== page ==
Sarepta held a symposium on the role of dystrophin production in disease-modifying treatments for Duchenne. Some highlights:
We heard from Dr. Francesco Muntoni from the Dubowitz Neuromuscular Centre about how much dystrophin is expected to be needed to stabilize the muscles and result in features that are like Becker muscular dystrophy (which is the goal of exon skipping drugs). He described a 20% dystrophin production as a reasonable target but also discussed the variability seen in Becker muscular dystrophy, and that some children with Duchenne who get benefit from exon skipping drugs may respond like a mild Becker and some like a more severe Becker.
Dr. Jerry Mendell from Ohio State provided an overview of the eteplirsen clinical program. He reviewed the biopsy data quantifying dystrophin production (dystrophin production was the primary endpoint), the walk data (the 6-minute walk test was the primary clinical endpoint), and the pulmonary data. The pulmonary data was particularly interesting since Dr. Mendell presented the 144 week data in all 12 patients, which showed a plateau of pulmonary function tests from baseline, showing that the children’s pulmonary status has remained stable over the 144 weeks.
There were a few interesting questions from the audience. One was about the ability of eteplirsen to get into the heart or brain. Eteplirsen cannot do that, and for exon skipping drugs to get to the heart or brain would require some changes to the molecule so it could get into those areas. There was also a question about the ability of muscles that already have a lot of fat and fibrosis to have significant treatment effect, with general agreement that the uptake of exon skipping drugs would be expected to be lower in muscles with more fat and fibrosis.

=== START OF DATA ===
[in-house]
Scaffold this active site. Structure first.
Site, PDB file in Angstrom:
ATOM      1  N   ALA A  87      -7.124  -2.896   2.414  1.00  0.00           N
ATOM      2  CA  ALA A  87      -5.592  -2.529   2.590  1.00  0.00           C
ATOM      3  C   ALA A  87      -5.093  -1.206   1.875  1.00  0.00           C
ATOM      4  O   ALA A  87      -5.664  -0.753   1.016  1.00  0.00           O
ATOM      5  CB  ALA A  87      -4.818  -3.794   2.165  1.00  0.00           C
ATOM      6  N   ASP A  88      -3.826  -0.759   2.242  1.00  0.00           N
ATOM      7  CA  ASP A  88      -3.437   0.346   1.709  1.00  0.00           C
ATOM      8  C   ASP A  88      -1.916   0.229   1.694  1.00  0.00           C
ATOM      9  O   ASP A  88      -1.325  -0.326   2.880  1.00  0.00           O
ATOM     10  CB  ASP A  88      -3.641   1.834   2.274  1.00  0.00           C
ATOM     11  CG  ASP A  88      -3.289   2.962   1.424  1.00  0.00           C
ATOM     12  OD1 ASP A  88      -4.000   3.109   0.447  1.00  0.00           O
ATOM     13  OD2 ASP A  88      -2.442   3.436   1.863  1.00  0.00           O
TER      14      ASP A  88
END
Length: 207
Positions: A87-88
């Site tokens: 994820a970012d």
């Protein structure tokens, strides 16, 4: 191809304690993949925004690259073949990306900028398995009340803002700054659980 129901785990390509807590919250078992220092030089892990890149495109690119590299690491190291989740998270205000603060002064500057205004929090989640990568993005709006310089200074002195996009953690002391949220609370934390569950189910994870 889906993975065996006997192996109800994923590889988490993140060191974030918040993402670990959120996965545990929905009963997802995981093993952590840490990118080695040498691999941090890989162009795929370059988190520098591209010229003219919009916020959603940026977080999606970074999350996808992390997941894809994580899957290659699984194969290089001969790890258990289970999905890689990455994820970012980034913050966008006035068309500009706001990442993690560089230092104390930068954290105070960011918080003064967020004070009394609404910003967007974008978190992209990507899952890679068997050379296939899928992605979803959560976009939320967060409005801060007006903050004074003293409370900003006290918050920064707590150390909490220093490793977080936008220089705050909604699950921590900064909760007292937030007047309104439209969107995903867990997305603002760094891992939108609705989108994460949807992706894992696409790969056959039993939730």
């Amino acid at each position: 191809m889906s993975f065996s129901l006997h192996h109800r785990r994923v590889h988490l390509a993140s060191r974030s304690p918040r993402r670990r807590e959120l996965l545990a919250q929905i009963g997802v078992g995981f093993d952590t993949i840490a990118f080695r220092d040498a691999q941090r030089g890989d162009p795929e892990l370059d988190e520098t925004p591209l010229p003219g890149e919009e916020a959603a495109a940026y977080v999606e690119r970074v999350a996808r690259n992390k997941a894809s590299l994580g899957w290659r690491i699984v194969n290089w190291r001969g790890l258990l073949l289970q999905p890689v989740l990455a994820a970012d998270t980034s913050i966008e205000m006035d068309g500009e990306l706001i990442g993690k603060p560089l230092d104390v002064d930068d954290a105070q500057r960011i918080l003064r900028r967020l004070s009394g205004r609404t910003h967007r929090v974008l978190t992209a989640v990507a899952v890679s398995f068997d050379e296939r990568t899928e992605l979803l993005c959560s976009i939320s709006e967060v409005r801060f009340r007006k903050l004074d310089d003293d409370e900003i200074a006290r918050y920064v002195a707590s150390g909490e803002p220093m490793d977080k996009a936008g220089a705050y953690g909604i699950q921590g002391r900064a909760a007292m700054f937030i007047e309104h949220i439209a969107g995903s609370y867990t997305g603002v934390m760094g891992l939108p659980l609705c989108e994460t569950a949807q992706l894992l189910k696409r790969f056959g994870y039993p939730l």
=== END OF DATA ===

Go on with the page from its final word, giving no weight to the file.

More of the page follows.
Becker muscular dystrophy highlights
There were several interesting posters about Becker muscular dystrophy. Leiden University Medical Centre had several posters; one was about the importance of genetic testing using updated technologies to confirm the diagnosis and differentiate from other forms of muscle disease (Straathof and colleagues). Another described the use of muscle function testing and MRI in differentiating Becker from limb girdle muscular dystrophy (LGMD), which can look pretty similar. The authors (Wokke and colleagues) show that hip flexor muscles are less affected compared to other muscle groups, both on clinical testing and MRI, and this is not true of LGMD. Finally, van der Bergen and colleagues described a new clinical scale for Becker based on age at reaching 5 milestones; scoring on the scale was highly correlated with muscle strength tests. The goal is to identify a Becker-specific clinical measure to compare the disease among patients.